So are we running for cover or jumping for joy?

Just before 8 o'clock in the morning and we have TV!! Fewer proper channels than before, but at least the aerial and box work and Mont Saint Vincent is transmitting. BTW we had three channels before now we have one and not the one we want!!! We do have lots of pay-for channels that we can't see because the signal is scrambled and at least three shopping channels so that is progress I suppose, let's see what the rest of the day brings...

TNT Day Minus One

We will watch Question Pour Un Champion this evening, hopefully the junior school teacher will win the cagnotte this evening, will this be the last time we will watch? At midnight all the television transmitters in Burgundy will be shut down and go silent for the first time since 29th March 1945 when television transmissions were reinstated after the Germans left France. Is the end of life as we know it?

Sunday, 14 November 2010


It is TNT Day in Burgundy on Tuesday 16th November..

What will happen? Will we all be blown sky high?

Saturday, 13 November 2010

Last Wreath Laying of the Year.

November 11th, Armistice Day (the end of World War One), is the last and the most well attended of all the wreath layings in Cormatin’s complicated wreath laying year. As all my blog followers will have noted we attend all five with enthusiasm. Each one is different in character, not only because of the different group of people each one attracts, but because of the inevitable confusion surrounding the organisation.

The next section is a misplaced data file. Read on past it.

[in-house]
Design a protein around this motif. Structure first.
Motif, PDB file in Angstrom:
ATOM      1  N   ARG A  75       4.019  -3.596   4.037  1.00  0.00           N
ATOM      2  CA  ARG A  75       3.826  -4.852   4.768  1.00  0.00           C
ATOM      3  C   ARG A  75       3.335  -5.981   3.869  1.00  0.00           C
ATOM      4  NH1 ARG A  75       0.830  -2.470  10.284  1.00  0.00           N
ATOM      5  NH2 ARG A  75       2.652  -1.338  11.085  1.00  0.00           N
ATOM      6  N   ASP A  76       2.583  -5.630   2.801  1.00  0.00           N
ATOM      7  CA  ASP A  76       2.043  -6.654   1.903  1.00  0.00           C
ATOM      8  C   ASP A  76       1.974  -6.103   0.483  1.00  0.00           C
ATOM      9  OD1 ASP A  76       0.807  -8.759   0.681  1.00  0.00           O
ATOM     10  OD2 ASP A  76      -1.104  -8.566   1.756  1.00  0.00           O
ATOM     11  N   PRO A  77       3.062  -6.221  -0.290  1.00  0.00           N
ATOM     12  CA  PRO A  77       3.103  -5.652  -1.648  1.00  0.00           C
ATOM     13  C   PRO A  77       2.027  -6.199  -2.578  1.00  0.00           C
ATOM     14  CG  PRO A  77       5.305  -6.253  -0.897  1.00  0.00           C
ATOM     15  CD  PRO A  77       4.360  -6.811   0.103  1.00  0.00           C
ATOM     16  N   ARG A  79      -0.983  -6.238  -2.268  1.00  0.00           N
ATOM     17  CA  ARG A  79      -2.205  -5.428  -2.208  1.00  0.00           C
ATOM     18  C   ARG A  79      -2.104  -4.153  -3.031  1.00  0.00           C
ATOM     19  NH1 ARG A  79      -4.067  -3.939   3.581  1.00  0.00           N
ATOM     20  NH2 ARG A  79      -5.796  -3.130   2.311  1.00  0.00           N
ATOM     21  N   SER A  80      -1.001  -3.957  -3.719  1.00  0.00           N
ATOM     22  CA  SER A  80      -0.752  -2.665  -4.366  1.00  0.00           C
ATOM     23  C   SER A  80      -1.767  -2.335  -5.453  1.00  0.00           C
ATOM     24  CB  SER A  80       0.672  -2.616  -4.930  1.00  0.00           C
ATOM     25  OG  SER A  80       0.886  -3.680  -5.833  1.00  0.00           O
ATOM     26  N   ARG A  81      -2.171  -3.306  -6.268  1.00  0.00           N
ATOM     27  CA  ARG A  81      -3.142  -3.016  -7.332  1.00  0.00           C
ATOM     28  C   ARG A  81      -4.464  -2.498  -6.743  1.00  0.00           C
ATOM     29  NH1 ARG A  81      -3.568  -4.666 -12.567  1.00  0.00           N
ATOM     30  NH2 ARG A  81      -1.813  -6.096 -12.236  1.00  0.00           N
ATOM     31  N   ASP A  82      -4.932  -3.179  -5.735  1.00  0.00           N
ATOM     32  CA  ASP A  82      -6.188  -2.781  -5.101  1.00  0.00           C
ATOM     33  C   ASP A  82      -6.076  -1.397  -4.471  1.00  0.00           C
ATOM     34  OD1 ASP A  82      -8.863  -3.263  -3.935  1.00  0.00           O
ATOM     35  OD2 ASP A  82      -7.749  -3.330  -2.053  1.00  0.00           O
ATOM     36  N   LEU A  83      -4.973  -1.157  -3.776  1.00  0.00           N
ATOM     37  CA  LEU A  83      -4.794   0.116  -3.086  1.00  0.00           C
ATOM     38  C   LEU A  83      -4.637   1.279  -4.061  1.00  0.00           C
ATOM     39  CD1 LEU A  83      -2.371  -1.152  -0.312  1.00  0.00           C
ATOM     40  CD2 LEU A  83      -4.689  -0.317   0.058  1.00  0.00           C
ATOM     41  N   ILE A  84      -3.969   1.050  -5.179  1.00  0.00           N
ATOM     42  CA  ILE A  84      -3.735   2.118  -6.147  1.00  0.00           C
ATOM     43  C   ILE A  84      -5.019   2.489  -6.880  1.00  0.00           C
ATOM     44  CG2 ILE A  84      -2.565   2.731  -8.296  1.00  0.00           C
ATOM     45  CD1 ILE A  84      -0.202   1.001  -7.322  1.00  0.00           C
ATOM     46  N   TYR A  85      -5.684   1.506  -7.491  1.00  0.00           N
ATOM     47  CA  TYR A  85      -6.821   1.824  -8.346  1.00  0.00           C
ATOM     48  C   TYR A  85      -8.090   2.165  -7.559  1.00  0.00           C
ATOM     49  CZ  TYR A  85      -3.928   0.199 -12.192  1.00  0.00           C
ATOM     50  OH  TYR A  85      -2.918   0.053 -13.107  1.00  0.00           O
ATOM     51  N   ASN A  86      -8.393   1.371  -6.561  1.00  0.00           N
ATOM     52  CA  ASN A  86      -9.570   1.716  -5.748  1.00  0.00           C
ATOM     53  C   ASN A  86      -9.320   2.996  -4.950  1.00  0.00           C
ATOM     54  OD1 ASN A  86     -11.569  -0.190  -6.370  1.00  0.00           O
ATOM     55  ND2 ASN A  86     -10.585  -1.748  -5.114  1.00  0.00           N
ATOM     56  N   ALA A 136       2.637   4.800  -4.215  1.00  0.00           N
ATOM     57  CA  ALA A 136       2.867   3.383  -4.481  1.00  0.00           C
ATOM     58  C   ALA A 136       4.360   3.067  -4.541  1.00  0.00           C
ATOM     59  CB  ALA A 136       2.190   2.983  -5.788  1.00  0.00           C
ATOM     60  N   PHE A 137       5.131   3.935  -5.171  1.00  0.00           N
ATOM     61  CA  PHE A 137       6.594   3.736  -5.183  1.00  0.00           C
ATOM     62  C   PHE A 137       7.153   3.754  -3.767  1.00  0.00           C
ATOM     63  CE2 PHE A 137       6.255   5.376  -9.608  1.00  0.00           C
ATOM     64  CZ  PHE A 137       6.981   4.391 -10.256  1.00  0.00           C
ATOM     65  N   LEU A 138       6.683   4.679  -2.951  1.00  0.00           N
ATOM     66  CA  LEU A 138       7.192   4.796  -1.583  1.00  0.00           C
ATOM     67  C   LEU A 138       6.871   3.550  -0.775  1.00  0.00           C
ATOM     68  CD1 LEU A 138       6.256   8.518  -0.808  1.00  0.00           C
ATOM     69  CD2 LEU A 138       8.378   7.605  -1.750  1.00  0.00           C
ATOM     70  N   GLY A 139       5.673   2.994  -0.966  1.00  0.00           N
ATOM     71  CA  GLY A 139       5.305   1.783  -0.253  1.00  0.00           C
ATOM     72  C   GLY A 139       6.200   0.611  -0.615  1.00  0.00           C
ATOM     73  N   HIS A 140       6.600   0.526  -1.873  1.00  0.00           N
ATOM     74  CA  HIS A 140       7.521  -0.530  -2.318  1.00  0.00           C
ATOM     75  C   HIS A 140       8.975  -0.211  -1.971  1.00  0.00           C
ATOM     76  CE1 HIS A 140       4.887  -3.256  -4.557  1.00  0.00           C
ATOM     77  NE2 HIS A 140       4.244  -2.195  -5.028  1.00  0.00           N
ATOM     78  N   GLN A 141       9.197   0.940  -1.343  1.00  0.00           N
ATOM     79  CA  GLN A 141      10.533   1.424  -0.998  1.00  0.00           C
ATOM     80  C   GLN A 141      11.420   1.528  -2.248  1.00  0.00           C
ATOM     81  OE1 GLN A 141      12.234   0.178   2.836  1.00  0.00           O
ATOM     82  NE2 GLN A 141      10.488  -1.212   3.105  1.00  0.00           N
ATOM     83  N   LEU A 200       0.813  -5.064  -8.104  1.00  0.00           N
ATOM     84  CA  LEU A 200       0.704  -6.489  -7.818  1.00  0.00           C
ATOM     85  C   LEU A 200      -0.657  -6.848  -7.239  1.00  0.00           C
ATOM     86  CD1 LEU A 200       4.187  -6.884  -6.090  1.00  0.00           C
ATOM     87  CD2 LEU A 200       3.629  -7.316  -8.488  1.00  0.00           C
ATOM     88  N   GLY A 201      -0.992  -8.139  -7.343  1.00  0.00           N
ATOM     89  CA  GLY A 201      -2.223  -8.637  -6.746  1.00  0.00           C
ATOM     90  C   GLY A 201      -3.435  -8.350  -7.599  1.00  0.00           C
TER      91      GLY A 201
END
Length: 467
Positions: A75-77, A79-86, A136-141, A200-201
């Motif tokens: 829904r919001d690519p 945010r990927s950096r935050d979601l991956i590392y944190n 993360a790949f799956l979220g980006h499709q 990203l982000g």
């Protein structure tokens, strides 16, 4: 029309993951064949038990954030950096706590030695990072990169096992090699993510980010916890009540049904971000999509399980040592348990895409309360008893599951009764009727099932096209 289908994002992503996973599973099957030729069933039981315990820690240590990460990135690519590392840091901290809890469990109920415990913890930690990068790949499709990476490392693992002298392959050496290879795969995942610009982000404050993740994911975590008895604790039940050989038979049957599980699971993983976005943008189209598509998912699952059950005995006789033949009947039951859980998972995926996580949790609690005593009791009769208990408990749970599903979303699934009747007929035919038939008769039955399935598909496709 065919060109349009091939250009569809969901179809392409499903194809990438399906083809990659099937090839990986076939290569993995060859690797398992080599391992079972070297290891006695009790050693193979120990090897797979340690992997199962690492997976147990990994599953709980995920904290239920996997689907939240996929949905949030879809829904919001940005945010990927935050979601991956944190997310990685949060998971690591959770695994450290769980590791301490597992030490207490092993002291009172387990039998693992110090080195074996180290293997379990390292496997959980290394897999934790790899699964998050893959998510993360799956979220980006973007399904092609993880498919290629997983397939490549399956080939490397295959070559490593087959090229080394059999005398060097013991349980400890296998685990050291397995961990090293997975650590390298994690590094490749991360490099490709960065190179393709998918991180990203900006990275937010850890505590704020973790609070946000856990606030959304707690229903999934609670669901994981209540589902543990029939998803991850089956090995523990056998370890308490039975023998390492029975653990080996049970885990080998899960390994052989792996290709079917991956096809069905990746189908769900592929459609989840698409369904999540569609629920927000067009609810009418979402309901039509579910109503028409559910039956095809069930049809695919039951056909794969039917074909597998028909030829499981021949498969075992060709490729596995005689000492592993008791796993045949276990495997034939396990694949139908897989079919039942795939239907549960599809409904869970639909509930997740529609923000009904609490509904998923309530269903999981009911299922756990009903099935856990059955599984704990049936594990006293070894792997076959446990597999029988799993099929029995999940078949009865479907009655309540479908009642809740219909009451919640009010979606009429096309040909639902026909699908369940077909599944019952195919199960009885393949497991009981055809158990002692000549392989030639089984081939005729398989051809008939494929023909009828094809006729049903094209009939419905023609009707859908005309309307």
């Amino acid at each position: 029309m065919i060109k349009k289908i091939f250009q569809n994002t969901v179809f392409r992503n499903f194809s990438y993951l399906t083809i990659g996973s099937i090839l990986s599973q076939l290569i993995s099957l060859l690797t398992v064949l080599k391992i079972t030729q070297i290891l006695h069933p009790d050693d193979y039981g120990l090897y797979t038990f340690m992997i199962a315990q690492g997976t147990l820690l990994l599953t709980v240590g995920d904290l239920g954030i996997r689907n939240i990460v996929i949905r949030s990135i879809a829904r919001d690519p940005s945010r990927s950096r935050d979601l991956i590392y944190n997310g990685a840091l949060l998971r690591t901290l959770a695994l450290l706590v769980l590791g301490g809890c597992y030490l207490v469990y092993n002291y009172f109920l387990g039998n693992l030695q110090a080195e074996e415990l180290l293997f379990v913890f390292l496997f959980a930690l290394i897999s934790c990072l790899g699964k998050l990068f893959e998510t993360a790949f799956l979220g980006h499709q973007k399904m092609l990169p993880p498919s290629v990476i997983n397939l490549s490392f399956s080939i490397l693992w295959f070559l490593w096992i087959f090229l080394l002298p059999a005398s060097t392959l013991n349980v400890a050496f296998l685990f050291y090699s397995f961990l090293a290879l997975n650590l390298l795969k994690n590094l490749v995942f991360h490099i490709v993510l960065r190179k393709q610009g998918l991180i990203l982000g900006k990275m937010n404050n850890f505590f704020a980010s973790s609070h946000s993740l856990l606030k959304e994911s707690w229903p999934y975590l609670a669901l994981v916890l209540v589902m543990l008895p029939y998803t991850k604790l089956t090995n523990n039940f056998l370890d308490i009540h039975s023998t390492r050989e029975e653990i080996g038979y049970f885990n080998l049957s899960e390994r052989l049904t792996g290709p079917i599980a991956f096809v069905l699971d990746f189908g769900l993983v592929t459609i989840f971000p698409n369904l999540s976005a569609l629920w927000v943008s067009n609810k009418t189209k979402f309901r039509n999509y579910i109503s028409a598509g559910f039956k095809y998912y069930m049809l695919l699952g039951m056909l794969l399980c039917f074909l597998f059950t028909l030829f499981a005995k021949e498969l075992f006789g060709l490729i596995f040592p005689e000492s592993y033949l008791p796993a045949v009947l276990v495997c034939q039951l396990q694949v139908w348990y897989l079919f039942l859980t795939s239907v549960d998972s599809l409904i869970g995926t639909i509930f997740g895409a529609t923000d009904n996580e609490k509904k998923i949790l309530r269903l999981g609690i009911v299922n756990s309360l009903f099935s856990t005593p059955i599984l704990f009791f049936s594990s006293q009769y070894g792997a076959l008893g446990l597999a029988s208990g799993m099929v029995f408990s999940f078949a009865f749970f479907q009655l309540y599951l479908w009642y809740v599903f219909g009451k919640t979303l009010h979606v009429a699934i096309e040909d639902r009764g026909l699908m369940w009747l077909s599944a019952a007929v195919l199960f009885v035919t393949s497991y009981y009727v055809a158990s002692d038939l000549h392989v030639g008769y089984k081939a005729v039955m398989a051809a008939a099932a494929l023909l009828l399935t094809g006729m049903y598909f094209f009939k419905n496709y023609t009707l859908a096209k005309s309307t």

All went very smoothly this time, the flowers were found, the flag was found, a replacement flag carrier was found (our usual flag carrier had broken his leg), the new CD player was found and Monsieur P had been having lessons in its use. He confidently pressed play and we were treated to the trumpet introduction to a tune that wasn’t the Marseillaise. Monsieur P calmly leant down and restarted the CD and we were able to hear the end of the national anthem. There were whispers of “wrong CD” from the chap standing next to me, but further all went well. This time, contrary to what we should have been doing, it was announced that we were all off the Bois Dernier memorial which is a Second World War memorial, no complaints from anyone, no “what does the Mayor think he is doing?”, no "jamais, jamais, jamais" and above all no irritated mutterings between the Mayor and Monsieur P - all was going according to their plan.

Off we went, Cees on his bike got there long before the rest of us had walked to the car park, had complicated discussions about who was going in which car and eventually we made it to the memorial. Again confidence was shown by Monsieur P who this time played a different and full version of the Marseillaise to which he dutifully sang along (we heard one female voice as well, but couldn’t identify where it was coming from). So not only had he been practising with the CD player, but he had found himself two versions of the national anthem, the long and the short version so that we can have a different one at each monument - Bravo Monsieur P!